The new $3-million web-based system was set to launch Jan. 1 but was pushed back.
Melanie Sonnenberg, the co-ordinator with the Eastern Fishermen's Federation, said fishermen across the Maritimes will feel the impact of this new government licensing system.
"Because this has been so driven from the top and pushed downward," she said.
As for consultation with fishermen, Sonnenberg said, "has not occurred on any of this."
Once the online program is up and running each fisherman will get an individual pass code so they can look at their holdings, renew licences and make payments online.
Over-the-counter service for licence renewals and payments at offices across Canada will end once the internet-based system is operating.
The online licence system is one of several changes being introduced in 2013 as the federal government transfers the cost of managing the fishery from taxpayers onto the industry.
Beginning in May, lobster fishermen will have to pay for lobster trap tags and find suppliers.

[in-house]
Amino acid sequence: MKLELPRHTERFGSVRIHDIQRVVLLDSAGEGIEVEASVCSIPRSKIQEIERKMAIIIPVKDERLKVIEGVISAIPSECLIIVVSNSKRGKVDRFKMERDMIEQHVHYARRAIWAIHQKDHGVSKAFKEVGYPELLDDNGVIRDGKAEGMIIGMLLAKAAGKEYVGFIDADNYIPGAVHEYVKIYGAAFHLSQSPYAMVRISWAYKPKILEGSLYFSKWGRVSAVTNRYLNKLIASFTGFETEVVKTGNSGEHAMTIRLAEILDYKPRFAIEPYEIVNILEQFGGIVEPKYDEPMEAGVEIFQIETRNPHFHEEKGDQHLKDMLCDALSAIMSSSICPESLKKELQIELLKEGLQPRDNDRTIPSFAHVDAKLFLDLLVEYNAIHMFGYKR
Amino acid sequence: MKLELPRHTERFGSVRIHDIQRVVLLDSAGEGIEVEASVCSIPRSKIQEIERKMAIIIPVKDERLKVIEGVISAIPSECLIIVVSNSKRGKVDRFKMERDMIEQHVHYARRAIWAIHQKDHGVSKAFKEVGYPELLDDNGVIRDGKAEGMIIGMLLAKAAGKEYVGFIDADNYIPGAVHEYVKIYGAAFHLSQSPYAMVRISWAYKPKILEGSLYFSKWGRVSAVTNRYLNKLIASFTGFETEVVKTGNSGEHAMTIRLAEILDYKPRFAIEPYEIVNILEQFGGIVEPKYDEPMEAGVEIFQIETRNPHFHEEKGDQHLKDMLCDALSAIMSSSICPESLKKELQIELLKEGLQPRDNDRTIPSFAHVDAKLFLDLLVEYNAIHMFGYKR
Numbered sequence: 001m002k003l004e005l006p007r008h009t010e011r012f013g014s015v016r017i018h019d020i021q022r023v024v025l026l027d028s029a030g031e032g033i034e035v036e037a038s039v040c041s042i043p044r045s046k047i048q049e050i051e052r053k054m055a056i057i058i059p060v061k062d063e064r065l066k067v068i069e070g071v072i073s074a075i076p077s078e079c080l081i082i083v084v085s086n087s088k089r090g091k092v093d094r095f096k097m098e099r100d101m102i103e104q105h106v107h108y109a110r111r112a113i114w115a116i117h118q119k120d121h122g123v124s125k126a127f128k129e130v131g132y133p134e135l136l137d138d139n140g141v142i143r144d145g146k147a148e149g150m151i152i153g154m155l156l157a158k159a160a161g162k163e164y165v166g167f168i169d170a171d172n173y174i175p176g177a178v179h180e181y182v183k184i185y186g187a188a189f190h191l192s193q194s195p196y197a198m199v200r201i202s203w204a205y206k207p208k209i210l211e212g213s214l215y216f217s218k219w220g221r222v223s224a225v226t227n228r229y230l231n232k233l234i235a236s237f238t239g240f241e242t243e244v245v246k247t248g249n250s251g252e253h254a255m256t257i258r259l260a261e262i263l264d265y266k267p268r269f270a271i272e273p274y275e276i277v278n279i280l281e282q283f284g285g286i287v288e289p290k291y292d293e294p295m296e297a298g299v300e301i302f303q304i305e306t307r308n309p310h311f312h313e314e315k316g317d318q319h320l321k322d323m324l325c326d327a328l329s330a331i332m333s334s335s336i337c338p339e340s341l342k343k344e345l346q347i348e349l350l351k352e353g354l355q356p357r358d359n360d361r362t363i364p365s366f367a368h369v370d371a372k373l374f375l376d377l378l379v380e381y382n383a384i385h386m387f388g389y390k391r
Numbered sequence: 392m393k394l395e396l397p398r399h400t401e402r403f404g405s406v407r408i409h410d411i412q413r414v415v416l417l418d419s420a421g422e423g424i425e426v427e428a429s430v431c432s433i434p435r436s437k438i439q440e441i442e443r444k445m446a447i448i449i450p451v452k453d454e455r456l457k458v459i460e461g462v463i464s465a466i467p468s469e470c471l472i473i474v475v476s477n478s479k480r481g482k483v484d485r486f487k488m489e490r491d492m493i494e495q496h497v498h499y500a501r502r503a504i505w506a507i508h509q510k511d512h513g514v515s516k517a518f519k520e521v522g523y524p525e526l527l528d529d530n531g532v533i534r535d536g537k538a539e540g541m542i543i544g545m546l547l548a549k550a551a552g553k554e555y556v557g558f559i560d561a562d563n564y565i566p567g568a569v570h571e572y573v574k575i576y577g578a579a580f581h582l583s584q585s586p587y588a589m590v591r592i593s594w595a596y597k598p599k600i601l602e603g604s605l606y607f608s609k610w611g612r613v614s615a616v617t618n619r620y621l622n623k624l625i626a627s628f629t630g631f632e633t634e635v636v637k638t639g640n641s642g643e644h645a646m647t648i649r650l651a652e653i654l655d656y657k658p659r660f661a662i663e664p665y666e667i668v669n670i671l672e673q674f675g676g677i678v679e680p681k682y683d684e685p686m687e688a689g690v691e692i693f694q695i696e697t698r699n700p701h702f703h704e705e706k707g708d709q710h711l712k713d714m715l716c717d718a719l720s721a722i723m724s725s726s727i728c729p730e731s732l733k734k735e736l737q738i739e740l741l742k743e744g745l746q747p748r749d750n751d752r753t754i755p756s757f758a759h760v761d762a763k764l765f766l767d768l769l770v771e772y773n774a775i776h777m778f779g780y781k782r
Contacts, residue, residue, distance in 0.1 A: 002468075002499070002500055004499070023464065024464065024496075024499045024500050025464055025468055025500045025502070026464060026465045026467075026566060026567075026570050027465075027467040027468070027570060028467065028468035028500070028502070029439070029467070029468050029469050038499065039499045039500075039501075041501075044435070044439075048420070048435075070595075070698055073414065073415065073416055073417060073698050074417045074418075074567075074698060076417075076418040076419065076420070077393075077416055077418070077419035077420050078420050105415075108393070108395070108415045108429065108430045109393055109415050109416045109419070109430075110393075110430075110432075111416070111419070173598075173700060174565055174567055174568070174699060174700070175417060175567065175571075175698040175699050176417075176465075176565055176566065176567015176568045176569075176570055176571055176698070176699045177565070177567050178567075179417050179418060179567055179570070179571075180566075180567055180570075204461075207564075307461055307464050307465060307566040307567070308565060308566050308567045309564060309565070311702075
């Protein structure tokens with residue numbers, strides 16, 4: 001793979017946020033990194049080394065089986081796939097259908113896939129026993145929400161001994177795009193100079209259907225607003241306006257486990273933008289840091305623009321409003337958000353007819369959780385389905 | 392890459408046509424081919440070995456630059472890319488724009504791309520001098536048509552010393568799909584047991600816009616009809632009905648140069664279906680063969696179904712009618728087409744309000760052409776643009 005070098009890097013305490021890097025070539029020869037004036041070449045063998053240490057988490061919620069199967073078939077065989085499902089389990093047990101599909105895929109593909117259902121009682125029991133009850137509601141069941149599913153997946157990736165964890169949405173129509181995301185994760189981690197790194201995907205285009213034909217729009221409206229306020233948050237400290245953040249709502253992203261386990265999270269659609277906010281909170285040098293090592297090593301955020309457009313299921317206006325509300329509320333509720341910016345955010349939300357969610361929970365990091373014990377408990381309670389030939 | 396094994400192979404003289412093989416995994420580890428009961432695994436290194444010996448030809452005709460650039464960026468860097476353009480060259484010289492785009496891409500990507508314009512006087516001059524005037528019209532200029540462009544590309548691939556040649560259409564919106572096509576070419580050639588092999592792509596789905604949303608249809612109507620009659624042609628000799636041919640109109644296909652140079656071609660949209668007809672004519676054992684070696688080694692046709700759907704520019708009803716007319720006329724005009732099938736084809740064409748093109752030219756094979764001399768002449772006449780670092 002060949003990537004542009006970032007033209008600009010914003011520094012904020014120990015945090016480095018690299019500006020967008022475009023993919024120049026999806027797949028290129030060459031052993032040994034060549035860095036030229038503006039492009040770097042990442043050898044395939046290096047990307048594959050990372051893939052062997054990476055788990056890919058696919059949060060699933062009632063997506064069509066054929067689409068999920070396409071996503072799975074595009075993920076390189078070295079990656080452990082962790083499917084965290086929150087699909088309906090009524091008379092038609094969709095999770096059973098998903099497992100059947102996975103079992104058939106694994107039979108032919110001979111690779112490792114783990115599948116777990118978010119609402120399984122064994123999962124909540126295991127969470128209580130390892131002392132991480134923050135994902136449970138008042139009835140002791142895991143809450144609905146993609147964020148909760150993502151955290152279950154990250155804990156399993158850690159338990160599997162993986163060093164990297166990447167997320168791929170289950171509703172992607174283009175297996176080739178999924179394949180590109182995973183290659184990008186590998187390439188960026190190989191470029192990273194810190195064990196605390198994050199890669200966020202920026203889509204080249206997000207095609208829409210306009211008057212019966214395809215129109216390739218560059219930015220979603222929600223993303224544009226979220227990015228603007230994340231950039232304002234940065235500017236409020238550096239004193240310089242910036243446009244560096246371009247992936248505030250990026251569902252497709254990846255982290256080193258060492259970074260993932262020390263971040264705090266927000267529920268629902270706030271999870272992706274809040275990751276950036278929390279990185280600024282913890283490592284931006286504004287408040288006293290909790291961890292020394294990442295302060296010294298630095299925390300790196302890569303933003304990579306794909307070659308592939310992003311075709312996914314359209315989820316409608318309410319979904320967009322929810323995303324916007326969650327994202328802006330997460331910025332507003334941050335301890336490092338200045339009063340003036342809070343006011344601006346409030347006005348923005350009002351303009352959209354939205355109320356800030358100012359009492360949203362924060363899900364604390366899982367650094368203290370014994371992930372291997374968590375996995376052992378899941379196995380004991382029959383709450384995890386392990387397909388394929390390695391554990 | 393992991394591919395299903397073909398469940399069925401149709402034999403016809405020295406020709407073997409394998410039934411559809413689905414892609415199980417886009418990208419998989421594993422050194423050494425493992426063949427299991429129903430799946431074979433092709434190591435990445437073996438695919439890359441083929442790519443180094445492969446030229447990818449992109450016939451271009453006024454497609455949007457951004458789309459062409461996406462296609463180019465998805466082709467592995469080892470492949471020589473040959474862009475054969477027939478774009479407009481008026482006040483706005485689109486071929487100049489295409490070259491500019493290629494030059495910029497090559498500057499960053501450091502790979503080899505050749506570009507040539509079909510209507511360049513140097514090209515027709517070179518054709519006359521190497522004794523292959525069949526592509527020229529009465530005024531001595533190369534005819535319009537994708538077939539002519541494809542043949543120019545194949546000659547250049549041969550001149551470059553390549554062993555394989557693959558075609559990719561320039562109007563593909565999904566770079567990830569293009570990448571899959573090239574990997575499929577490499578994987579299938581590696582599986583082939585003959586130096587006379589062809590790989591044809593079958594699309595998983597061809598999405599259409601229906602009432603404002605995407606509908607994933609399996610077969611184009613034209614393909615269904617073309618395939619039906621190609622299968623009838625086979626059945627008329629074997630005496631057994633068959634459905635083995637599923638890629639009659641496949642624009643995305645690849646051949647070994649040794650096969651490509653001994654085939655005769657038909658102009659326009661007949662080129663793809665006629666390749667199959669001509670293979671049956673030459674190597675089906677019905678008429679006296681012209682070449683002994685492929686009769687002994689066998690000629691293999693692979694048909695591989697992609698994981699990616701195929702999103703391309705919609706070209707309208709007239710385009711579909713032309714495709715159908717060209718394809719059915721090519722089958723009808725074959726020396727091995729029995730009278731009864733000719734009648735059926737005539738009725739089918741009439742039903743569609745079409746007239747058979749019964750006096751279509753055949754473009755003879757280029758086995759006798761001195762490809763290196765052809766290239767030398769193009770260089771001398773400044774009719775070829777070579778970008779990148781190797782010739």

Another change set to come in April 1 is the federal government will no longer contribute to the at-sea-observer program, which requires some boats to carry independent fisheries observers.
Sonnenberg said that's a problem.
"There doesn't seem to be any acknowledgment by the department that any of this is a problem. It's been a very frustrating time and I think it will become more frustrating on April 1," she said.
A Fisheries and Oceans Canada spokesperson said in an email the department is working to ensure the most "efficient service for fishermen."
The changes to management programs follow cuts to the Fisheries and Oceans Canada's budget last year.
In 2012, the department's budget was cut by $79 million as part of the national deficit reduction plan.